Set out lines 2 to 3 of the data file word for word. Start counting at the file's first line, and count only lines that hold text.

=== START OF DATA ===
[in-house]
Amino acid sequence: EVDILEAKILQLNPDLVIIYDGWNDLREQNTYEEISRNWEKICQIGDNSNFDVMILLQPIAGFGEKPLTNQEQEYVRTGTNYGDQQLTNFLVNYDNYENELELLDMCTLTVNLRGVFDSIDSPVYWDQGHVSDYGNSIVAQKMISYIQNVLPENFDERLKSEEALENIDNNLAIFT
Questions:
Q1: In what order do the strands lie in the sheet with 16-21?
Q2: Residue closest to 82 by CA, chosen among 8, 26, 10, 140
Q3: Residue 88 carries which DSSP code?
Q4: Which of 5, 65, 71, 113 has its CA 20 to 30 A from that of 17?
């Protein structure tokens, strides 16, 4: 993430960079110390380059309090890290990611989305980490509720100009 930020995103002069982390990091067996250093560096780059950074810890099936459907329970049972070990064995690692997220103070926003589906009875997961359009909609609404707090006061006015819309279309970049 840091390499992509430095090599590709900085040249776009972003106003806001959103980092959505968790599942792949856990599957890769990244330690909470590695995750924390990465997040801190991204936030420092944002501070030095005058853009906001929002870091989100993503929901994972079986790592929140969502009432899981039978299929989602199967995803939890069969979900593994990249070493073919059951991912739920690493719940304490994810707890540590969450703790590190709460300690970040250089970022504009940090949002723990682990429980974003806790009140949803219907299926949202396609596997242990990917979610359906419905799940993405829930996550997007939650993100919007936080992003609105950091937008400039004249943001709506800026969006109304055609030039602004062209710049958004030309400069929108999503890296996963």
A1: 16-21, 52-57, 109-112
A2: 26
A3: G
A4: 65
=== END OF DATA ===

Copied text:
Amino acid sequence: EVDILEAKILQLNPDLVIIYDGWNDLREQNTYEEISRNWEKICQIGDNSNFDVMILLQPIAGFGEKPLTNQEQEYVRTGTNYGDQQLTNFLVNYDNYENELELLDMCTLTVNLRGVFDSIDSPVYWDQGHVSDYGNSIVAQKMISYIQNVLPENFDERLKSEEALENIDNNLAIFT
Questions: